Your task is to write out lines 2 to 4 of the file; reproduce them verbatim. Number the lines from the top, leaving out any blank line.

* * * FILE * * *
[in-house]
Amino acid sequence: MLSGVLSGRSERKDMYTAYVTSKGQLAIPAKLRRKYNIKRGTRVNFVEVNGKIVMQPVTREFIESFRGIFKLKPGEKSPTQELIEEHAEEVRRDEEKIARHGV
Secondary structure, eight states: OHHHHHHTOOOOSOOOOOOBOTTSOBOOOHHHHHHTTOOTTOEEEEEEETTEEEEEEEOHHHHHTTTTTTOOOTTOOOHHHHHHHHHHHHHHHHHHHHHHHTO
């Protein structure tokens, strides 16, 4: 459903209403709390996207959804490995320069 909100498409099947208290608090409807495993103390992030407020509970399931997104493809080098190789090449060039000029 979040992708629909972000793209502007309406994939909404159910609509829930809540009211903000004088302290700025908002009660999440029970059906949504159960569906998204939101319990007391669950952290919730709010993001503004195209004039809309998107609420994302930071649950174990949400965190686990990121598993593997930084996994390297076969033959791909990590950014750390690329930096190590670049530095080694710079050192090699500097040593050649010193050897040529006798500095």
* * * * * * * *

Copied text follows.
Amino acid sequence: MLSGVLSGRSERKDMYTAYVTSKGQLAIPAKLRRKYNIKRGTRVNFVEVNGKIVMQPVTREFIESFRGIFKLKPGEKSPTQELIEEHAEEVRRDEEKIARHGV
Secondary structure, eight states: OHHHHHHTOOOOSOOOOOOBOTTSOBOOOHHHHHHTTOOTTOEEEEEEETTEEEEEEEOHHHHHTTTTTTOOOTTOOOHHHHHHHHHHHHHHHHHHHHHHHTO
């Protein structure tokens, strides 16, 4: 459903209403709390996207959804490995320069 909100498409099947208290608090409807495993103390992030407020509970399931997104493809080098190789090449060039000029 979040992708629909972000793209502007309406994939909404159910609509829930809540009211903000004088302290700025908002009660999440029970059906949504159960569906998204939101319990007391669950952290919730709010993001503004195209004039809309998107609420994302930071649950174990949400965190686990990121598993593997930084996994390297076969033959791909990590950014750390690329930096190590670049530095080694710079050192090699500097040593050649010193050897040529006798500095």